both be "normalized" to u+8279.  NFC is effectively a lossy operation
for singletons.

http://blogs.adobe.com/CCJKType/2012/03/cjk-compatibility-ideographs.html
(In reply to John Daggett (:jtd) from comment #41)
> Firefox doesn't hit this because font matching is done before shaping is
> done. 
If _hb_unicode_decompose is exposed and we use it also for font matching, we should pass the same function.
> The code in HBUnicodeDecompose just calls through to code that makes
> no distinction between singletons and non-singletons.
Let's fix our callback as I already said.
BTW, CJK Compatibility Ideograph brokenness was my first concern when I found bug 728866. But actually Nightly didn't break it. I don't know the reason why.
(In reply to Behdad Esfahbod from comment #40)
> > This code will "decompose" singletons which is not a good thing due to the
> > inclusion of CJK Compatibility characters in canonical decomposition, this
> > will "unify" these characters.  Same goes for the ohm and angstrom
> > charcters, those will be reduced to their Latin-range equivalents.
> John, what's wrong with that?  If the font doesn't have a glyph for the
> singleton but it does for its canonical decomposition, what's wrong with
> using it?  These are not compatibility decompositions, they're still
> canonical decompositions, just happen to be singletons.
It is garbled character ("mojibake") for Japanese users. Japanese fonts contain different glyphs between Compatibility Ideographs and Unified Idepgraphs, and the distinction is critical for some Japanese. Someone (in Japan NB) do not even admit Compatibility Ideographs can be broken anytime.
https://twitter.com/kawabata/statuses/116795710782976000 (Japanese)
(In reply to John Daggett (:jtd) from comment #42)
> (In reply to Behdad Esfahbod from comment #40)
> > > This code will "decompose" singletons which is not a good thing due
> > > to the inclusion of CJK Compatibility characters in canonical
> > > decomposition, this will "unify" these characters.  Same goes for
> > > the ohm and angstrom charcters, those will be reduced to their
> > > Latin-range equivalents.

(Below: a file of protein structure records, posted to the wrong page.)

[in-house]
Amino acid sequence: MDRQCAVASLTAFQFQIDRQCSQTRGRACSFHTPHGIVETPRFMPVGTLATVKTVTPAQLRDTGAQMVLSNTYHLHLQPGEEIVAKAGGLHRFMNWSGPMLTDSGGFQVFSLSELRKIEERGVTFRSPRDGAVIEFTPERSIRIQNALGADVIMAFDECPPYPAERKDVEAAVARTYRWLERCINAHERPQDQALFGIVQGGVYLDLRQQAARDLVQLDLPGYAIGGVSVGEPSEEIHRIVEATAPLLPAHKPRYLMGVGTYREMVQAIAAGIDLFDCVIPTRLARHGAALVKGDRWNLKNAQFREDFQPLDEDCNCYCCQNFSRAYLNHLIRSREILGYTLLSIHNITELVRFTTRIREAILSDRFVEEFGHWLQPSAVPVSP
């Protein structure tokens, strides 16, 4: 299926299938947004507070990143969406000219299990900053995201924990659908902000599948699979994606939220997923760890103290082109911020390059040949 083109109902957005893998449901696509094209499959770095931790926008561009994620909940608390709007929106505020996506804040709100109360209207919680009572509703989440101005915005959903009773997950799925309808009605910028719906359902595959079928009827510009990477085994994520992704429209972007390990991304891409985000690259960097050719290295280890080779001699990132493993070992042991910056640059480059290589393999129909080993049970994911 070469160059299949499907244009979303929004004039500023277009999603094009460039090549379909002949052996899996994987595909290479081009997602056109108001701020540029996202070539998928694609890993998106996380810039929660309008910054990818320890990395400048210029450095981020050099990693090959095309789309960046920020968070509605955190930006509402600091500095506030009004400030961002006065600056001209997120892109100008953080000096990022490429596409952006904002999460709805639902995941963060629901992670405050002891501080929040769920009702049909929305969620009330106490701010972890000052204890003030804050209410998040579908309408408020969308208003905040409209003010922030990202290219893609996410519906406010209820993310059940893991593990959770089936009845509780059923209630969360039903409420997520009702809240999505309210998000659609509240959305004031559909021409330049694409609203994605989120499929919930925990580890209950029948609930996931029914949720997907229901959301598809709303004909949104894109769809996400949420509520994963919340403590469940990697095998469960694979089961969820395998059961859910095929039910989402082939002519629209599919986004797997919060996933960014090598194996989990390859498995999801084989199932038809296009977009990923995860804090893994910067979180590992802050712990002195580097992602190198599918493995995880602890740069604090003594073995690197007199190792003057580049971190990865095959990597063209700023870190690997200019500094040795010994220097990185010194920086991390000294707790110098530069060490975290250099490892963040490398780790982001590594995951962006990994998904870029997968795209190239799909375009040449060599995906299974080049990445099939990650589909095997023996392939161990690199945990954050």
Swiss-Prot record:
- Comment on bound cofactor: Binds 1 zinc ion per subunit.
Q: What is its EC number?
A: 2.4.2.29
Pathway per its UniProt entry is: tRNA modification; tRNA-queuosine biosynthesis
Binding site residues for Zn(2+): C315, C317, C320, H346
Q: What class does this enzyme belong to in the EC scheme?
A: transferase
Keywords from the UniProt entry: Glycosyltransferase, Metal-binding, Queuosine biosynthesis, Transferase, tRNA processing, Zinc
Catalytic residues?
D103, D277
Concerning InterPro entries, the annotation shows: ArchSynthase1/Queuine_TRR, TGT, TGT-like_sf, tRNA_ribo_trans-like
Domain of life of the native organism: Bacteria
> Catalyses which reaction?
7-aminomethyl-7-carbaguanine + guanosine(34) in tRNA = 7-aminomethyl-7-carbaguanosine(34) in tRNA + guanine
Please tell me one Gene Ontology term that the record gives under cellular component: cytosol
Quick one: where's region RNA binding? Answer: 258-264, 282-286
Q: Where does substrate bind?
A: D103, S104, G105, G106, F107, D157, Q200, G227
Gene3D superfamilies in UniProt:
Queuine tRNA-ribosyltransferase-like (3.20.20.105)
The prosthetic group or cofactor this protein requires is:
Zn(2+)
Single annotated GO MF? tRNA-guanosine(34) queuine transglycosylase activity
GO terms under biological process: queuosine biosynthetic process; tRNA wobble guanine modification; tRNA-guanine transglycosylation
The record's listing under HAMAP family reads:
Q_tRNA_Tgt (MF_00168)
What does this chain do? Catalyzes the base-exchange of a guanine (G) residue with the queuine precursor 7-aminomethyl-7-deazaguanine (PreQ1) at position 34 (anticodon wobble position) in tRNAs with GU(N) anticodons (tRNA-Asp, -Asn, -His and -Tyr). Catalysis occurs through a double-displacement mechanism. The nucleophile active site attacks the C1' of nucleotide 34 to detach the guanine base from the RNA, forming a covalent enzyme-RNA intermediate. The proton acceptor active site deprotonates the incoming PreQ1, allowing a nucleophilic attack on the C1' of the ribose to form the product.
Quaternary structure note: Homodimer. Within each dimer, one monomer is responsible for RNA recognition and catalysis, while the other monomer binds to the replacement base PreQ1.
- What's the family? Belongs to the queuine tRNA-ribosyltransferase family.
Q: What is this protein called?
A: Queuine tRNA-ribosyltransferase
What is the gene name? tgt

> > 
> > John, what's wrong with that?  If the font doesn't have a glyph for
> > the singleton but it does for its canonical decomposition, what's
> > wrong with using it?  These are not compatibility decompositions,
> > they're still canonical decompositions, just happen to be singletons.
> 
> The problem is that this will lose the distinction between compatibility
> characters and their unified version, for example U+fa5d and u+fa5e will
> both be "normalized" to u+8279.  NFC is effectively a lossy operation
> for singletons.

And therefore, authors who care about such a distinction should _not_ rely on those "compatibility characters" to encode it, because they are _by definition_ equivalent to their unified counterparts, and a Unicode-conformant process is free to apply NFC (or NFD) normalization to the data on the understanding that this makes absolutely _no_ semantic difference.

As that blog post points out, "...it’s not possible to guarantee that normalization will not be applied, except in completely closed environments. Any interchange of them [the CJK compatibility ideographs] is subject to data loss."

For example, if such data is served via a system that follows the "Net-Unicode" recommendation of http://tools.ietf.org/html/rfc5198:
    4. Before transmission, all character sequences SHOULD be normalized
       according to Unicode normalization form "NFC"
then the compatibility characters the author may have entered will already be lost, long before they even reach the rendering engine.

Arguably, normalizing these characters in the rendering engine is actually doing authors a favor, in that it increases the likelihood that they will notice that the distinction they may have intended to make is not actually present in their data, and therefore look for other, more robust ways to represent it.
(In reply to Jonathan Kew (:jfkthame) from comment #45)
> And therefore, authors who care about such a distinction should _not_
> rely on those "compatibility characters" to encode it, because they
> are _by definition_ equivalent to their unified counterparts, and a
> Unicode-conformant process is free to apply NFC (or NFD) normalization
> to the data on the understanding that this makes absolutely _no_
> semantic difference.

Right, no *semantic* difference.  If matching strings it makes complete
sense to be applying NFC normalization.  But in the context of glyph
selection, there is a requirement to preserve the visual distinction
between the codepoints.

The JIS X 0213-2004 standard includes 92 codepoints that will map to a
Unicode CJK Compatibility codepoint that will be decomposed to a unified
codepoint under NFC.  Of these, a number are included in Jinmeiyo kanji